Suddenly — it began. The castle doors, which seemed impenetrable decorations, suddenly swung open, and figures streamed out in a procession, controlled by a clever clockwork mechanism.

“Wow, these are the ‘12 Apostles’ clock from Prague,” the thought raced through the author’s mind. “Better!” The guide responded aloud, reading his thoughts. "Much better, my dear friend! Those Czechs built their clock so long ago, in 1410. Do you really want to travel to the ends of the earth just to look at this old stuff? And they’re hung so high that you can’t make out a thing! If they’d hung them lower, they would surely have been stolen by thieves." “Looks like someone stole from someone else,” a voice in the crowd retorted. “Exactly, exactly, my friends! Besides the fact that the Prague clock is blatantly old, it’s also just plain ugly. Look at how these figures are painted. And they are not made of bronze, but of modern materials. It was only thanks to Leonid Markelov that we were able to not just replicate but surpass the original.” “Wow!” the crowd exclaimed. “But even in absolute terms, our clock is much better than the one in Prague. Our mathematicians calculated that if the statues were to walk on the ground, in 35 years they would have walked from Yoshkar-Ola all the way to the Temple Mount in Jerusalem!” “Divine providence,” the crowd whispered. “Take a picture, fool, when will you see this again!”

“Take pictures!” — could be heard from the crowd here and there.

“PHO-TO-GRA-PH!” — the thunderous bass of church singing resounded menacingly in the atmosphere.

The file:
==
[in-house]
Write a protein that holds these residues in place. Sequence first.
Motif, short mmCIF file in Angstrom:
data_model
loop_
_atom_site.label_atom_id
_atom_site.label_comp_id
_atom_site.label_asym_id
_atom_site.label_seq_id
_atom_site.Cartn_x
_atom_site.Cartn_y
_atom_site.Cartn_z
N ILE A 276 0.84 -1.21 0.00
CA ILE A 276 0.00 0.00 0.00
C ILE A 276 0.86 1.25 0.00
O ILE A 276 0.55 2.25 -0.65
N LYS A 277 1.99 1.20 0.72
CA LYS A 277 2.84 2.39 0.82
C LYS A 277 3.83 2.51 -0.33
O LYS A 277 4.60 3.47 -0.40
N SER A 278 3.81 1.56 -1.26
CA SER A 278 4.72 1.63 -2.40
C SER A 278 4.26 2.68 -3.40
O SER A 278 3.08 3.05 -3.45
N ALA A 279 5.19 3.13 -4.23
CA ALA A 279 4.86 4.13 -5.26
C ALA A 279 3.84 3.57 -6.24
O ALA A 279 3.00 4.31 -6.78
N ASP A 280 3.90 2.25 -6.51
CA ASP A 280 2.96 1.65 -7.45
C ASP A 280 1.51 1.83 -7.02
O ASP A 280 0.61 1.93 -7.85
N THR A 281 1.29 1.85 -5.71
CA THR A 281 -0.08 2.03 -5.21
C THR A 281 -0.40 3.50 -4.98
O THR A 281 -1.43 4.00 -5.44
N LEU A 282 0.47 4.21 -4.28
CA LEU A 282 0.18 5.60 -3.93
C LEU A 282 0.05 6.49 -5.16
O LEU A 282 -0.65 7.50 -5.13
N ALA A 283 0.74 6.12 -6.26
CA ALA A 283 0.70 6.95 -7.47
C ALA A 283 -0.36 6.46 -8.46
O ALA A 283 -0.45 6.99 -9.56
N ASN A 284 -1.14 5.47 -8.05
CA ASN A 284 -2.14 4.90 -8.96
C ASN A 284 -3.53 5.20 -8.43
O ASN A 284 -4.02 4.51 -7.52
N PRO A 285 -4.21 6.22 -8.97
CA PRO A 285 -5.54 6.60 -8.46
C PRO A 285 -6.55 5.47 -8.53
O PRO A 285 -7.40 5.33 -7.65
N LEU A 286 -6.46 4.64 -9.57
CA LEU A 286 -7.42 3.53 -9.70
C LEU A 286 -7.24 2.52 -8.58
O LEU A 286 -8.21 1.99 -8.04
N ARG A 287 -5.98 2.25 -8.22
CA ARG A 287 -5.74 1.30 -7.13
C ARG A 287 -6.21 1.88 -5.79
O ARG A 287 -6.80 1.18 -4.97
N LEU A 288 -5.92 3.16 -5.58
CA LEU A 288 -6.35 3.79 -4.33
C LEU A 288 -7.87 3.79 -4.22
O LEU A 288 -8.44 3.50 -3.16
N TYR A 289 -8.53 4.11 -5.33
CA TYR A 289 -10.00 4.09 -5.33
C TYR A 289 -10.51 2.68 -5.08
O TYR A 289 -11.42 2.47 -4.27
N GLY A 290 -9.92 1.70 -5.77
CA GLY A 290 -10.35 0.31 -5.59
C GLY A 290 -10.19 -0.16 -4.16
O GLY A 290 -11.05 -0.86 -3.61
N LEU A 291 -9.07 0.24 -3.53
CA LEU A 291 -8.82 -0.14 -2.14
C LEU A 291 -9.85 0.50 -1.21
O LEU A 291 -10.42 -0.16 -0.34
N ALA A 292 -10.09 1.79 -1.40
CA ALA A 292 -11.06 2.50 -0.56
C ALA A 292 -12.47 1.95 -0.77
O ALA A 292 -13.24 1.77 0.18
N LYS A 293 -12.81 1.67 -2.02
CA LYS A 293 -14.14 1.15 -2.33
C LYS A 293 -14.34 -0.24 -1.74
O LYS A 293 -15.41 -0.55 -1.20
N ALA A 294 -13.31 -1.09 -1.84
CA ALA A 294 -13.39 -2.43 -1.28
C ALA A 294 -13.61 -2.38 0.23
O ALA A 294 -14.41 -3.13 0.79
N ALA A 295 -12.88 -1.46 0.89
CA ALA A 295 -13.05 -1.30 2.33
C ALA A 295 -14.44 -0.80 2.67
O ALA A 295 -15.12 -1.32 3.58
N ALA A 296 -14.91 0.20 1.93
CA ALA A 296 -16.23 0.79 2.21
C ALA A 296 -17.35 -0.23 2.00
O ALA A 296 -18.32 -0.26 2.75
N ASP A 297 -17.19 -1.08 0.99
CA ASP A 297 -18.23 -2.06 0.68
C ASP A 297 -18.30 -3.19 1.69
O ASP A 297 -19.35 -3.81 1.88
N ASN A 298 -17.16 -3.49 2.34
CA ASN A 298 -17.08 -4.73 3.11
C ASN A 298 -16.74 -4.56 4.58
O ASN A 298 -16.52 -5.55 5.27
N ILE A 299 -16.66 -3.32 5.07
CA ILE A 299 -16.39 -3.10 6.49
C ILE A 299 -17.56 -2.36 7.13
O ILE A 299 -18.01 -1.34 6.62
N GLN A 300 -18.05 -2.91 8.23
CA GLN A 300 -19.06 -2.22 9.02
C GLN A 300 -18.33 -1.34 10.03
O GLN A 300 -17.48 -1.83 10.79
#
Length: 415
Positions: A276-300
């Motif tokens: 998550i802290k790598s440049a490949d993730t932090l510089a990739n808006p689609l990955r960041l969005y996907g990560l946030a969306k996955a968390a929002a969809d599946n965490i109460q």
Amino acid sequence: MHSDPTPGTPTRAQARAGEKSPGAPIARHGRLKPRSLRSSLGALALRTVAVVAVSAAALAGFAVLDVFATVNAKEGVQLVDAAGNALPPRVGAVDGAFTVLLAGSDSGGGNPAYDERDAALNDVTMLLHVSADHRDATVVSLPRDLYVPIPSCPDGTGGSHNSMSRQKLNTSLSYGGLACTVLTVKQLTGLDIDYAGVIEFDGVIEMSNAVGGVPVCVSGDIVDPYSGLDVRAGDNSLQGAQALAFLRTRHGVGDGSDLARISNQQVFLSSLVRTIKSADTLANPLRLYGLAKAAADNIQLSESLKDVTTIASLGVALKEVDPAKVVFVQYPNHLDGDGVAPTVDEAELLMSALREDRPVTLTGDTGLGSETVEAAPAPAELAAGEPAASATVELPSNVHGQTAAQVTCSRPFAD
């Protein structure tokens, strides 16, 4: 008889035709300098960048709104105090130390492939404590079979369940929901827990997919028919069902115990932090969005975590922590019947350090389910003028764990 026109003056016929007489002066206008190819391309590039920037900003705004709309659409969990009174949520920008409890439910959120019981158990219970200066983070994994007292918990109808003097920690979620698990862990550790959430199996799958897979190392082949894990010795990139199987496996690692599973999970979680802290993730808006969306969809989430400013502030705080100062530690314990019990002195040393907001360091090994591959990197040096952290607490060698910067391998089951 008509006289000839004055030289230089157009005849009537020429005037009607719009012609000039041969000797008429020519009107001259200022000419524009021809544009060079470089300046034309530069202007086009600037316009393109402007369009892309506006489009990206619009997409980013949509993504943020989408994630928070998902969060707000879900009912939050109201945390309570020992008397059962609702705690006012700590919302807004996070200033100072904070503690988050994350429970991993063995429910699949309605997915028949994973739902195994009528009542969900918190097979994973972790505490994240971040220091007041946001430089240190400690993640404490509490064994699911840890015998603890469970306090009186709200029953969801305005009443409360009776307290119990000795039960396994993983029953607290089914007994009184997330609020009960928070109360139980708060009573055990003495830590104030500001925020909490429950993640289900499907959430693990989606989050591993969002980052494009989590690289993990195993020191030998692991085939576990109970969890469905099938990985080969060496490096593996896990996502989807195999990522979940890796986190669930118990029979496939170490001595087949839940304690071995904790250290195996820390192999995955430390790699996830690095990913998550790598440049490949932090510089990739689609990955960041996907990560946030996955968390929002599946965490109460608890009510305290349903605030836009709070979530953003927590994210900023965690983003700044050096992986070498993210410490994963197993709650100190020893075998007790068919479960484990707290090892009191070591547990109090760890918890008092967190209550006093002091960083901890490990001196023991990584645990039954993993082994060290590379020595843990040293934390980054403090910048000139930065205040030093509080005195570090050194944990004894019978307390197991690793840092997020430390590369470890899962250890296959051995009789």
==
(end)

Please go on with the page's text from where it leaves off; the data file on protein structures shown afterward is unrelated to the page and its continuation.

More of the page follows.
The crowd pulled out cameras and phones, traced the crucifixion symbol on the lock screen with three fingers, and took photos.

Then suddenly the electrified atmosphere vanished, voices died down, and the figures, after making a final pirouette, disappeared into the castle doors.

The mind-burner, disguised as a cross on the head of Alexei the Second, ceased its operation.

Holy martyr Leonid

Of course, one day was not enough to explore the entire Yoshkar-Ola. Tourists are given a city guide stylized as an ancient Germanic map.

The brick chaos doesn’t end in the city center; all this bloody mess seems to spill out of a cauldron, and splashes spread far across the entire city.

Here stands the building of the city administration.

Seemingly, what could be more messed up than Brezhnev-era bureaucratic nonsense with a moose in the coat of arms? But across from it, there is a large square, where stands a brick replica — of what? One of the Italian cathedrals?

Next to it, a monument to the holy martyr Leonid has been erected.

And here, finally, the veil of Yoshkar-Ola’s mystery is lifted. So that’s what it is! Holy martyr Leonid! Isn’t his surname Markelov?

And if you look at the main hotel of the city, we will see the name “Ludovico Moro.” In another place, there is a monument to Lorenzo de’ Medici. Isn’t it strange that the initials L.M. coincide with the initials of the king of Yoshkar-Ola?

Everything aligns/fits together.

Mad poems written by Leonid Markelov, the psychopathic construction of the city with brick replicas of the Kremlin and Bruges, the initials L.M., the family coat of arms, and the monuments to martyr Leonid — all these are symptoms of a major complex that would be worth studying and documenting in a book on personality disorders.

The author, without possessing medical education, suggests the following diagnosis: messianic delusion or mild form of megalomania. It doesn’t hinder functioning but also doesn’t contribute to it.

Fortunately, even broken clocks show the correct time twice a day. And in 2017, the judicial system of the Russian Federation came into action: Leonid Markelov was arrested for bribery and transferred to Moscow, where he is still under investigation.

In prison, Markelov only confirmed his diagnosis and wrote poems dedicated to Putin himself. There is a whole poem there, so I will quote a meaningful excerpt:

My sorrow is immeasurable,
And, truth be told,
I continue to believe
In a just Tsar.

I believe in God and pray,
And ask for forgiveness.
I hope to survive
And raise my children.

Only one path is left for me,
'Our Father in Heaven,'
For the President of all Russia
To understand my plight.

To pardon is the prerogative
Of righteous rulers.
Their divine field —
To forgive people for their sins.

Leonid Markelov to Putin

Long live Yoshkar-Ola.